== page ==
In a system of long-distance digital transmission (extending to several thousands of kilometers) by optical fiber, using on-line optical amplitication, the optical pulses sent out undergo a distortion. This distortion is due to the fiber itself and comes from the combination of the non-linear effects (the Kerr effect in particular) and of the chromatic dispersion in the transmission fiber.
Studies on the combination of these two effects (non-linear effects and chromatic dispersion) have shown that it is useful to make very-long-distance systems work in negative chromatic dispersion mode. However, the very small values of chromatic dispersion required make it difficult to obtain the transmission-line fiber.
The transmission system, which shall be described in detail here below, comprises means of compensation for the non-linear effects as well as for negative chromatic dispersion, these two types of phenomena being induced by the fiber of the transmission line.
Thus, by preserving a transmission fiber that has given negative chromatic dispersion characteristics, the system according to the invention can be used to increase the product: (on-line bit rate) * (range of the link).
Now, following another strategy, by preserving a fixed on-line bit rate and a fixed range, the system according to the invention enables the use of line fibers that have less stringent constraints as regards the characteristics of chromatic dispersion and are therefore easier to manufacture on an industrial scale.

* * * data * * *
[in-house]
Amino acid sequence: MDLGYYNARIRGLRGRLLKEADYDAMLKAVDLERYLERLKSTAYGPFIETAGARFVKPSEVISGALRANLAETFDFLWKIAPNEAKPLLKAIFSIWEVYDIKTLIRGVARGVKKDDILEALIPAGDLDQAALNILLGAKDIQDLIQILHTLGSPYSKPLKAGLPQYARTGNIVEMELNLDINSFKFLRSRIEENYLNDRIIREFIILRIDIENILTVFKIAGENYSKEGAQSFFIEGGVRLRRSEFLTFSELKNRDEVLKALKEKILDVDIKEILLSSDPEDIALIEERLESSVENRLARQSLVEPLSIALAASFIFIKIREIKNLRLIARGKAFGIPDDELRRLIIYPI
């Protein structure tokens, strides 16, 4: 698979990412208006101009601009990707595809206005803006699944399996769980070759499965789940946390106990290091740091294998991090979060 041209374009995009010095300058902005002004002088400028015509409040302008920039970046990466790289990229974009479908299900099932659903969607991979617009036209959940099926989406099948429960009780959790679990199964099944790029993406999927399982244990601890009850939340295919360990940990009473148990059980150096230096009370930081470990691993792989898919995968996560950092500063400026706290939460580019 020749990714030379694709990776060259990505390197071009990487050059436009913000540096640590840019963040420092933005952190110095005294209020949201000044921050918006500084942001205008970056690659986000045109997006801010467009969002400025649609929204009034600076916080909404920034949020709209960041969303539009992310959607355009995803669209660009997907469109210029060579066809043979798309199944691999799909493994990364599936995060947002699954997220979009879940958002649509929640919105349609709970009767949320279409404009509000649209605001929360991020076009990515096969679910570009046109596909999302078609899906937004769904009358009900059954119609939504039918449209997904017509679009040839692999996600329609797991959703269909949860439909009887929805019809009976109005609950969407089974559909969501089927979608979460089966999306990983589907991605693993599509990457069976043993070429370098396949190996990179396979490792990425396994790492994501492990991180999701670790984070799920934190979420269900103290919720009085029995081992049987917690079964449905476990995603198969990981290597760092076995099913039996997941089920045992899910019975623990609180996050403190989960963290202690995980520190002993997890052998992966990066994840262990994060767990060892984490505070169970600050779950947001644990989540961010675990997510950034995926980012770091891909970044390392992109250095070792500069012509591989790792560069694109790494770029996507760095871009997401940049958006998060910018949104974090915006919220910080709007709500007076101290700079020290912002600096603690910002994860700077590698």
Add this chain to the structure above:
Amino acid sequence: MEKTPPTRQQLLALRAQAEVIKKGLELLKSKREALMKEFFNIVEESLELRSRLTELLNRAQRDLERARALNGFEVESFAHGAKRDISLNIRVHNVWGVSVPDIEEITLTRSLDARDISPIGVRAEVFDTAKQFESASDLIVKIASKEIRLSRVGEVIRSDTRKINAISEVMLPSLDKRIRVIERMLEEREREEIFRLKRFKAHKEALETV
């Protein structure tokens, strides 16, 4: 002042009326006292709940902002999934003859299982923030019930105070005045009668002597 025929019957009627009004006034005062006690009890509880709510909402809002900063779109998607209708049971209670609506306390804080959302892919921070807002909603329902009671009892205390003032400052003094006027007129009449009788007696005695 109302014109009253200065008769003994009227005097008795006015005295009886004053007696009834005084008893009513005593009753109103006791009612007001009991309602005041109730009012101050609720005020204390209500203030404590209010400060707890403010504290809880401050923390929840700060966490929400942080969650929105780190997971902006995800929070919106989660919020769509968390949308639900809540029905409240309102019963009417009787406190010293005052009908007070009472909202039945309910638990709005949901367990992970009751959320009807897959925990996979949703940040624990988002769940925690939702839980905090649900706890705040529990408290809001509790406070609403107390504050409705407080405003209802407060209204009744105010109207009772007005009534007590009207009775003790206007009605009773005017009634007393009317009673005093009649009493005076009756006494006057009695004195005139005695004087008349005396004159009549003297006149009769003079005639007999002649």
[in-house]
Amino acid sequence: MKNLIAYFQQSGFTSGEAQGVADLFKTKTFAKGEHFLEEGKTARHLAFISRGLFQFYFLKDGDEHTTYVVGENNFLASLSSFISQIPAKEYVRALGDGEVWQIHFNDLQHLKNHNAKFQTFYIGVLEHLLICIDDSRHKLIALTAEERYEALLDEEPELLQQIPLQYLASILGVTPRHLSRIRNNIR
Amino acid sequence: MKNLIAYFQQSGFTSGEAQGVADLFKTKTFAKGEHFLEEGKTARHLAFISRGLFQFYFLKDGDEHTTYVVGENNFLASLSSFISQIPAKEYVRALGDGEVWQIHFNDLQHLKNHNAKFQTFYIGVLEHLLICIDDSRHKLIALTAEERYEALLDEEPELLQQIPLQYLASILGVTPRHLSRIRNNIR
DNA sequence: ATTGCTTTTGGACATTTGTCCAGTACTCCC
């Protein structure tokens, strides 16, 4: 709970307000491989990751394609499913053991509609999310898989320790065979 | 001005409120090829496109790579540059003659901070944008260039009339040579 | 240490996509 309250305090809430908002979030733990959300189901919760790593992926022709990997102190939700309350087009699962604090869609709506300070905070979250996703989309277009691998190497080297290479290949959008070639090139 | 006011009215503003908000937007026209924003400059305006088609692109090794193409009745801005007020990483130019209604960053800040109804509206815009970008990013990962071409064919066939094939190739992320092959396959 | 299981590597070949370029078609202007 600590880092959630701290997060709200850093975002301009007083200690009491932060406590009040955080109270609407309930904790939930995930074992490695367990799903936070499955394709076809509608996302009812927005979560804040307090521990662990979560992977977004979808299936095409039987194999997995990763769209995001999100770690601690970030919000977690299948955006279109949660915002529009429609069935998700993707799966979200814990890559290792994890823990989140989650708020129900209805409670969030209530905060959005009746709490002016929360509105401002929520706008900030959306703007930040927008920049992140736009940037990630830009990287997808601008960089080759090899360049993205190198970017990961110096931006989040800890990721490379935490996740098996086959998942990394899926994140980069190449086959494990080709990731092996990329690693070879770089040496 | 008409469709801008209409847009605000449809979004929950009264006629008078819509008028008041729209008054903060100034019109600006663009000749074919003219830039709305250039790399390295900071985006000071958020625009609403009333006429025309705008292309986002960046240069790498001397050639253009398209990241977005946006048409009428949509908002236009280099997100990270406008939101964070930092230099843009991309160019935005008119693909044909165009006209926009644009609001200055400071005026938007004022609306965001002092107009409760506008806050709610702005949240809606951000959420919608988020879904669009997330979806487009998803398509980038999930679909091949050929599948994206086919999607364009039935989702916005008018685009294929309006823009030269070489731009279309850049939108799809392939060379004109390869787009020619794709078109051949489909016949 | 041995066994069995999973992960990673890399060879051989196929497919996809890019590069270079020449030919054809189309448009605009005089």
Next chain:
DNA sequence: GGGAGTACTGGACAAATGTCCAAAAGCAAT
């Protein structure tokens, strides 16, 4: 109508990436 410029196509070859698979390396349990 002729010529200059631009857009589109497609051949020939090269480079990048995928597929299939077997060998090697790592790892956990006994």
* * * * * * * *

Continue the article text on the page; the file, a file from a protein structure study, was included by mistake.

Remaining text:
FIGS. 1a to 1c each show two curves:
- a first curve of variation of the optical power PO as a function of time, shown in solid lines;
- a second curve of variation of the instantaneous optical frequency FI (corresponding to the derivative in relation to the time of the phase) as a function of the time t. This second curve is shown in dashes.
FIG. 1a corresponds to a pulse sent. The pulse has width L0. The instantaneous frequency FI is constant. This pulse is transmitted through a very-long-distance fiber (length greater than 1000 km) of negative chromatic dispersion.
This same pulse received at the end of the line is shown in FIG. 1b. After propagation in a fiber of negative chromatic dispersion on the one hand, and showing major non-linear effects on the other hand, the pulse has widened (length L1 greater than L0), thus prompting inter-symbol interference. This pulse has an instantaneous frequency FI (derived with respect to the time of the phase) that is quasi-linear, with a slope corresponding to the chromatic dispersion undergone. Its spectrum has widened because of non-linear effects. The lowest frequencies are at the start of the pulse and the highest frequencies at the end of the pulse.